Toilet Flushes Slowly and Incompletely?
A gravity flush toilet depends on gravity to transfer water from the tank to the bowl, where a siphon is created in the toilet trap in order for flushing to occur.
To have a strong flush, a decent amount of water needs to be dumped from the tank to the bowl within a very short time. It is the process of dumping a large volume of water within a short time that creates a strong siphon, and therefore a strong flush.
A toilet that flushes slowly and incompletely is caused by clogs, low water level in the tank/bowl, clogged siphon jet and rim holes, loose flapper lift chain or a flapper that closes too fast. A toilet’s age will also affect how well it flushes.
To increase the flushing power of a toilet, start by checking if the drain is clogged. Adjust the water level in the tank and bowl, unclog siphon jet and rim holes, adjust the flapper lift chain slack or install an adjustable flapper. If all fails, replace the toilet with a modern strong flushing one.
If your toilet leaves paper after flushing, it is a sign that enough water is not getting into the bowl or there is a partial clog in the toilet trap or drainpipe. Adjusting the tank’s water level, unclogging rim jets and unblocking the toilet drain will solve the problem.
If you have to hold the toilet flush lever down in order to get a good flush, there is a problem with toilet flapper. Either the lift chain is too loose or the flapper is not opening up fully to allow water in the bowl.
A toilet that flushes and then waste comes back is almost always caused by a clog in the trap or drainpipe. That is usually a partially clog that can be fixed by either plunging the toilet or snaking it.
How to Adjust a Toilet Flush Pressure/Power
If you are a having a slow/weak flushing toilet whose power you want to increase, the problem is with one of the problems I have mentioned above and rarely will you find a combination of 2 or more problems.
The route to take in fixing the situation will therefore depend on the root cause of the problem.
The following are the different ways to increase your toilet’s flush power:
1. Check if the Toilet is Clogged
The first thing you should do is to establish if the problem is with water delivery into the bowl, or it is caused by a clogged P-trap or drainpipe.
A toilet P-trap is the curved section which is connected to the drainpipe. It has a short leg which goes up and a long leg which goes down and is connected to the drainpipe. This is where the siphon effect takes place.
Due to the shape of this part of the toilet, it tends to clog a lot. A clog can either be a solid one or a partial one.
A solid clog will not allow waste or water to pass through. If your toilet has a partial clog, it will drain slowly, and you will notice that water will rise in the bowl before draining out. It may also not flush out toilet paper.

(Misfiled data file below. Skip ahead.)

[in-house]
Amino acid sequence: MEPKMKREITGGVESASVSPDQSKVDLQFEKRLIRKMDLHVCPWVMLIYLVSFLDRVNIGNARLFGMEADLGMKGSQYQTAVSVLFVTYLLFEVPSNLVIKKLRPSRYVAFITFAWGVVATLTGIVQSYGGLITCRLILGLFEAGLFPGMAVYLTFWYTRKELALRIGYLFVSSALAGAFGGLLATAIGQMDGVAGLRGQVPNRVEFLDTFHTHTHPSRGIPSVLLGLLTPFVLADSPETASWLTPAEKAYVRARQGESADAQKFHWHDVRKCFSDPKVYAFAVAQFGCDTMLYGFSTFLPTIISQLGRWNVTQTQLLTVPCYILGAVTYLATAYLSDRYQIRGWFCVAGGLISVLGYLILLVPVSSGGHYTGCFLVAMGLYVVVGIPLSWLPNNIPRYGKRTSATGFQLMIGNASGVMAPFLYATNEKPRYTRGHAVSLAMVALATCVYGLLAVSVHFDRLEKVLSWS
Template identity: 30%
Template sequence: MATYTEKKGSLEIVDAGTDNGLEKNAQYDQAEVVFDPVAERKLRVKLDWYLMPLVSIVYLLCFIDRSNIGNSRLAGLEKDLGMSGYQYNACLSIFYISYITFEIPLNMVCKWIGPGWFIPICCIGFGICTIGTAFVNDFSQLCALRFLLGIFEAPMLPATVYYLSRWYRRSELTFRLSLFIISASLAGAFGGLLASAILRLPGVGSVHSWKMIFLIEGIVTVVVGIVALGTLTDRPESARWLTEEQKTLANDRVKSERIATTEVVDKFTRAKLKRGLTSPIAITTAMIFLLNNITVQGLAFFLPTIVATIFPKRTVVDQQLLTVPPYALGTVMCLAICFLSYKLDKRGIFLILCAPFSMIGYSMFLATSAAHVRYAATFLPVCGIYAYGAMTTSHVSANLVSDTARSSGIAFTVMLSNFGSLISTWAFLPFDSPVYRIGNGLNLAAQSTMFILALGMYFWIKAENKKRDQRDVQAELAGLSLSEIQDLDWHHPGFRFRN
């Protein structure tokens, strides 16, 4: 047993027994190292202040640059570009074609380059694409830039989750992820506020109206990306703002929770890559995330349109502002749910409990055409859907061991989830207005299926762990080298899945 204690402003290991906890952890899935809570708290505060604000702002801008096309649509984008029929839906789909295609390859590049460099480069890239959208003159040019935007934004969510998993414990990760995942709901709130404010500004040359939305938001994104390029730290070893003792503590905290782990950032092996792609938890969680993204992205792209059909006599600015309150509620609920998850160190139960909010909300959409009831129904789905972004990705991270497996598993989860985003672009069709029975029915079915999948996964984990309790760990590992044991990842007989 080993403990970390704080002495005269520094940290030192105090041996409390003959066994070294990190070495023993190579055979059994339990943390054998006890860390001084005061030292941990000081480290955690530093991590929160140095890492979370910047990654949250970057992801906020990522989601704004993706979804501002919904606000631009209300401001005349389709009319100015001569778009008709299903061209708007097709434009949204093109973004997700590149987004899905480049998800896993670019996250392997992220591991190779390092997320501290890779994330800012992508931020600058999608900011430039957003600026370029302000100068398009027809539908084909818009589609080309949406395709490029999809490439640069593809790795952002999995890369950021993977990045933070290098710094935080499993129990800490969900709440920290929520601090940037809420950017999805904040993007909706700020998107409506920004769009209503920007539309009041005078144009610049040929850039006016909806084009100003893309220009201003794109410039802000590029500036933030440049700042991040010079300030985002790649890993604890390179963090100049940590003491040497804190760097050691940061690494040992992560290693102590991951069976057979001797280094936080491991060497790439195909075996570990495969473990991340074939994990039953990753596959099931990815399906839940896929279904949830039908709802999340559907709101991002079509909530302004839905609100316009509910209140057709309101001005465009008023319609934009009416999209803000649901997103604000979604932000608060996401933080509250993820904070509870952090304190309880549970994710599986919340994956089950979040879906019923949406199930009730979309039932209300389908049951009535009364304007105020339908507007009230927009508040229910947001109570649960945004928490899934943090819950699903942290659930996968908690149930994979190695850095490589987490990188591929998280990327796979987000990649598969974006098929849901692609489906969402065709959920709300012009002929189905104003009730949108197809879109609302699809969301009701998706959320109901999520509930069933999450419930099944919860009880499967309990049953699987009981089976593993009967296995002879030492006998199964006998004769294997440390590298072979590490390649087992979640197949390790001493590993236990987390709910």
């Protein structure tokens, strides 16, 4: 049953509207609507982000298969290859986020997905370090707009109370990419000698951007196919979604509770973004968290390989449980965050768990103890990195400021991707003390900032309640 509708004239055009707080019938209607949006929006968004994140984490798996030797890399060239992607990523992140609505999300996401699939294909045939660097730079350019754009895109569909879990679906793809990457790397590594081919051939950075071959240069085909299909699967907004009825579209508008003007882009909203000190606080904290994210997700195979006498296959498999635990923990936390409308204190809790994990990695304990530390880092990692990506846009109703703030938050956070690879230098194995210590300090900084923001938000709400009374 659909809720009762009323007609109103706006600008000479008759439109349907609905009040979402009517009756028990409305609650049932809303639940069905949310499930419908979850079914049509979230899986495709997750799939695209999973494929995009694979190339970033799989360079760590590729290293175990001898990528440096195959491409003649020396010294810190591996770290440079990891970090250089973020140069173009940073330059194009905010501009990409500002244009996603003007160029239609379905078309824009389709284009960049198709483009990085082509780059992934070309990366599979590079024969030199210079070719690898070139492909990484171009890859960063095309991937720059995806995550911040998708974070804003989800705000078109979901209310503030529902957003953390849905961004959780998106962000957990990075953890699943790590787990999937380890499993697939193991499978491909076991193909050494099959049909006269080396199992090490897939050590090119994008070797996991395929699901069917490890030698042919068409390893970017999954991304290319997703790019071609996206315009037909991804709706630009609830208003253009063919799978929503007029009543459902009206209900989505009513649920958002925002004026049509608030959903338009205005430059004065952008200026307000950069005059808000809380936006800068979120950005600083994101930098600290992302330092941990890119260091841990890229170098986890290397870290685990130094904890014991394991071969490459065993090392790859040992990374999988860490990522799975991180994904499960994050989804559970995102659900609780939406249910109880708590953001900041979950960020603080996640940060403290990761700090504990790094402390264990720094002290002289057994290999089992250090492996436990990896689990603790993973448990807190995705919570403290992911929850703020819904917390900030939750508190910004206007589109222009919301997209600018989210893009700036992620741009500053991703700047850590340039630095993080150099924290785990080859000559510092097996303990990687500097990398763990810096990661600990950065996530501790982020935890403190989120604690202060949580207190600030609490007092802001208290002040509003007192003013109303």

To find out if the toilet is clogged or the problem is with the toilet tank, fill a bucket with water and dump it all at once inside the bowl. This is better done after using the toilet (for the number 2) when you have both poop and toilet paper in the bowl.
If the toilet flushes strongly, the problem is with the water delivery from the tank to the bowl. On the other hand, if it is drains slowly and even overflows, you definitely have a clogged toilet.
Note: if apart from a weak flushing toilet you are also experiencing slow draining fixtures (tubs, showers and sinks), you could be dealing with a blocked plumbing vent or even a clogged main drain stack.
To unclog a toilet, grab a toilet plunger and plunge aggressively for a few minutes. Flush the toilet to see if there is a change in flushing power.
If the plunger doesn’t seem to do it, you will need to upgrade to a toilet auger/snake. The snake will hook and pull out solid clogs or shred them into smaller pieces.
2. Adjust the Tank and Bowl Water Level
In order for a toilet to flush powerfully, the water level in the toilet bowl and toilet tank has to be just right. If the water level in the bowl is low, there is a chance that the water level in the tank is low as well.
Let us start with the toilet bowl water level. How do you know what the level of water in the bowl should be?
Take a pencil and mark the current toilet bowl water level. After that fill a bucket with water and dump it inside the bowl.
If the new water level is higher than the previously marked one, the water level in your bowl is lower than it should be and you will need to adjust.
From there proceed to the toilet tank. Lift off the tank lid and place it away in a safe place where it cannot fall off and break.
Check the water level inside the tank. Ideally, the water level inside the tank needs to be ½-inch from the top of the overflow tube.
If yours is lower than that you will need to adjust it. By adjusting the water level in the tank, you will be ensuring that more water flows to the bowl to create a stronger siphon.
How to Adjust the Water Level in a Toilet Tank
To adjust the water level in your toilet tank, you will only need a Philips screwdriver. The first thing will be to determine if your toilet uses the old-style float ball (ballcock) or a float cup.
If you have a float ball, look for a screw where the float arm is connected to the fill valve. By turning the screw clockwise using the screwdriver, you will manage to increase the water level in your toilet tank.